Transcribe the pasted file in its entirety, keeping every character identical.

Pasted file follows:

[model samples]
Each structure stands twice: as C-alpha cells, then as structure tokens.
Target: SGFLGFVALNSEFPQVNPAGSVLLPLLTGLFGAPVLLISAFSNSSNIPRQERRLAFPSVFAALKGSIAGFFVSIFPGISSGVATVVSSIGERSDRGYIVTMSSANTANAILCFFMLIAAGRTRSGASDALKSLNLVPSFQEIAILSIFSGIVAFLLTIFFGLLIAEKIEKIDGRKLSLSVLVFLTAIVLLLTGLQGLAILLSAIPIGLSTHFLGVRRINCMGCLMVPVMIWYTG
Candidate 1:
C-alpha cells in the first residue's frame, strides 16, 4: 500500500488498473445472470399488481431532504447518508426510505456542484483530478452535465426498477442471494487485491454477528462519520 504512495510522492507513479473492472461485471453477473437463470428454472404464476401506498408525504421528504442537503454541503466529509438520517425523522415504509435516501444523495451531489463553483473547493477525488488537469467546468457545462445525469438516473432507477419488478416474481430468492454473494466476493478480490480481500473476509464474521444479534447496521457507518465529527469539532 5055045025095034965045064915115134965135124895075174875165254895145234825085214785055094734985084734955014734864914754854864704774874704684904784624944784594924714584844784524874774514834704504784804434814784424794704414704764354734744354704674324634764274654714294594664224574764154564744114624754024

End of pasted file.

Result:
[model samples]
Each structure stands twice: as C-alpha cells, then as structure tokens.
Target: SGFLGFVALNSEFPQVNPAGSVLLPLLTGLFGAPVLLISAFSNSSNIPRQERRLAFPSVFAALKGSIAGFFVSIFPGISSGVATVVSSIGERSDRGYIVTMSSANTANAILCFFMLIAAGRTRSGASDALKSLNLVPSFQEIAILSIFSGIVAFLLTIFFGLLIAEKIEKIDGRKLSLSVLVFLTAIVLLLTGLQGLAILLSAIPIGLSTHFLGVRRINCMGCLMVPVMIWYTG
Candidate 1:
C-alpha cells in the first residue's frame, strides 16, 4: 500500500488498473445472470399488481431532504447518508426510505456542484483530478452535465426498477442471494487485491454477528462519520 504512495510522492507513479473492472461485471453477473437463470428454472404464476401506498408525504421528504442537503454541503466529509438520517425523522415504509435516501444523495451531489463553483473547493477525488488537469467546468457545462445525469438516473432507477419488478416474481430468492454473494466476493478480490480481500473476509464474521444479534447496521457507518465529527469539532 5055045025095034965045064915115134965135124895075174875165254895145234825085214785055094734985084734955014734864914754854864704774874704684904784624944784594924714584844784524874774514834704504784804434814784424794704414704764354734744354704674324634764274654714294594664224574764154564744114624754024